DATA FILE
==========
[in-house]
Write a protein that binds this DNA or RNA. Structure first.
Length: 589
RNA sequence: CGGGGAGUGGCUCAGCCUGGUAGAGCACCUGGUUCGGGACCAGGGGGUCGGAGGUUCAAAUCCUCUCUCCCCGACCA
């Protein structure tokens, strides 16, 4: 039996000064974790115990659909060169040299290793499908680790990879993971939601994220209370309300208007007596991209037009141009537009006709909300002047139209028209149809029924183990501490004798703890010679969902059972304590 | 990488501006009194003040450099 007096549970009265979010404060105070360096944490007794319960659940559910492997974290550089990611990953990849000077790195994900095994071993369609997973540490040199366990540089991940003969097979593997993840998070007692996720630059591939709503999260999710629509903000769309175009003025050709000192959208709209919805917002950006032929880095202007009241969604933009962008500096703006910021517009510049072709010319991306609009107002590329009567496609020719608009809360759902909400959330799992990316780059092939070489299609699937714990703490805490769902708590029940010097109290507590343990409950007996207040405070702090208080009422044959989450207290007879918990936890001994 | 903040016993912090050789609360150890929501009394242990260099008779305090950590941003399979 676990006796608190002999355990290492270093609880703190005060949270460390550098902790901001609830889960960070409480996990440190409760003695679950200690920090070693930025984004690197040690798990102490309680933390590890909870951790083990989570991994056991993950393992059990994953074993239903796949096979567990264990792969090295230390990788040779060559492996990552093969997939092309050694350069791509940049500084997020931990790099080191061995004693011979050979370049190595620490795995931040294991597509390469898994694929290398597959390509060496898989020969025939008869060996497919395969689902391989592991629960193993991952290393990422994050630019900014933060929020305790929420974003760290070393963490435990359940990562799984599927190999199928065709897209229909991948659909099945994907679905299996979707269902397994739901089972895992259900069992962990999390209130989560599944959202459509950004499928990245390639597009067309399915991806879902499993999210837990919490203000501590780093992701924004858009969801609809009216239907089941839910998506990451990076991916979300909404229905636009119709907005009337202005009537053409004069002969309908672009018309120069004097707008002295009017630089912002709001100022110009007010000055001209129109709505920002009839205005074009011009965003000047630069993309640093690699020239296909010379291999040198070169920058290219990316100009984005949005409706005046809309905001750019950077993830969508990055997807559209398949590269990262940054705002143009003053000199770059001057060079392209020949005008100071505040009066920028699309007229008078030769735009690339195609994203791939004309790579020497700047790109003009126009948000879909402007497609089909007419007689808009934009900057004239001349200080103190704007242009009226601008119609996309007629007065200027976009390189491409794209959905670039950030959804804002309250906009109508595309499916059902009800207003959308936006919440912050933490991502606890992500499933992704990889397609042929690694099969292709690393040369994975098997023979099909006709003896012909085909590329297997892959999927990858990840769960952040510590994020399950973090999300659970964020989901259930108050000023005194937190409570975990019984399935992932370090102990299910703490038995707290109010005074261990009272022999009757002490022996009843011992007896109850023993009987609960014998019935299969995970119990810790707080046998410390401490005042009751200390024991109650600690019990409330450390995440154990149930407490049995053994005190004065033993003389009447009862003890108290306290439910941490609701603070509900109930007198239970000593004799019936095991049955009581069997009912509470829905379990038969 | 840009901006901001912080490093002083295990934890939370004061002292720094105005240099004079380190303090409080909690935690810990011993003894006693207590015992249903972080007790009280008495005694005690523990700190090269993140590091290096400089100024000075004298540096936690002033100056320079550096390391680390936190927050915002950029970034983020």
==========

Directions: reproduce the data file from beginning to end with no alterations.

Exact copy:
[in-house]
Write a protein that binds this DNA or RNA. Structure first.
Length: 589
RNA sequence: CGGGGAGUGGCUCAGCCUGGUAGAGCACCUGGUUCGGGACCAGGGGGUCGGAGGUUCAAAUCCUCUCUCCCCGACCA
């Protein structure tokens, strides 16, 4: 039996000064974790115990659909060169040299290793499908680790990879993971939601994220209370309300208007007596991209037009141009537009006709909300002047139209028209149809029924183990501490004798703890010679969902059972304590 | 990488501006009194003040450099 007096549970009265979010404060105070360096944490007794319960659940559910492997974290550089990611990953990849000077790195994900095994071993369609997973540490040199366990540089991940003969097979593997993840998070007692996720630059591939709503999260999710629509903000769309175009003025050709000192959208709209919805917002950006032929880095202007009241969604933009962008500096703006910021517009510049072709010319991306609009107002590329009567496609020719608009809360759902909400959330799992990316780059092939070489299609699937714990703490805490769902708590029940010097109290507590343990409950007996207040405070702090208080009422044959989450207290007879918990936890001994 | 903040016993912090050789609360150890929501009394242990260099008779305090950590941003399979 676990006796608190002999355990290492270093609880703190005060949270460390550098902790901001609830889960960070409480996990440190409760003695679950200690920090070693930025984004690197040690798990102490309680933390590890909870951790083990989570991994056991993950393992059990994953074993239903796949096979567990264990792969090295230390990788040779060559492996990552093969997939092309050694350069791509940049500084997020931990790099080191061995004693011979050979370049190595620490795995931040294991597509390469898994694929290398597959390509060496898989020969025939008869060996497919395969689902391989592991629960193993991952290393990422994050630019900014933060929020305790929420974003760290070393963490435990359940990562799984599927190999199928065709897209229909991948659909099945994907679905299996979707269902397994739901089972895992259900069992962990999390209130989560599944959202459509950004499928990245390639597009067309399915991806879902499993999210837990919490203000501590780093992701924004858009969801609809009216239907089941839910998506990451990076991916979300909404229905636009119709907005009337202005009537053409004069002969309908672009018309120069004097707008002295009017630089912002709001100022110009007010000055001209129109709505920002009839205005074009011009965003000047630069993309640093690699020239296909010379291999040198070169920058290219990316100009984005949005409706005046809309905001750019950077993830969508990055997807559209398949590269990262940054705002143009003053000199770059001057060079392209020949005008100071505040009066920028699309007229008078030769735009690339195609994203791939004309790579020497700047790109003009126009948000879909402007497609089909007419007689808009934009900057004239001349200080103190704007242009009226601008119609996309007629007065200027976009390189491409794209959905670039950030959804804002309250906009109508595309499916059902009800207003959308936006919440912050933490991502606890992500499933992704990889397609042929690694099969292709690393040369994975098997023979099909006709003896012909085909590329297997892959999927990858990840769960952040510590994020399950973090999300659970964020989901259930108050000023005194937190409570975990019984399935992932370090102990299910703490038995707290109010005074261990009272022999009757002490022996009843011992007896109850023993009987609960014998019935299969995970119990810790707080046998410390401490005042009751200390024991109650600690019990409330450390995440154990149930407490049995053994005190004065033993003389009447009862003890108290306290439910941490609701603070509900109930007198239970000593004799019936095991049955009581069997009912509470829905379990038969 | 840009901006901001912080490093002083295990934890939370004061002292720094105005240099004079380190303090409080909690935690810990011993003894006693207590015992249903972080007790009280008495005694005690523990700190090269993140590091290096400089100024000075004298540096936690002033100056320079550096390391680390936190927050915002950029970034983020």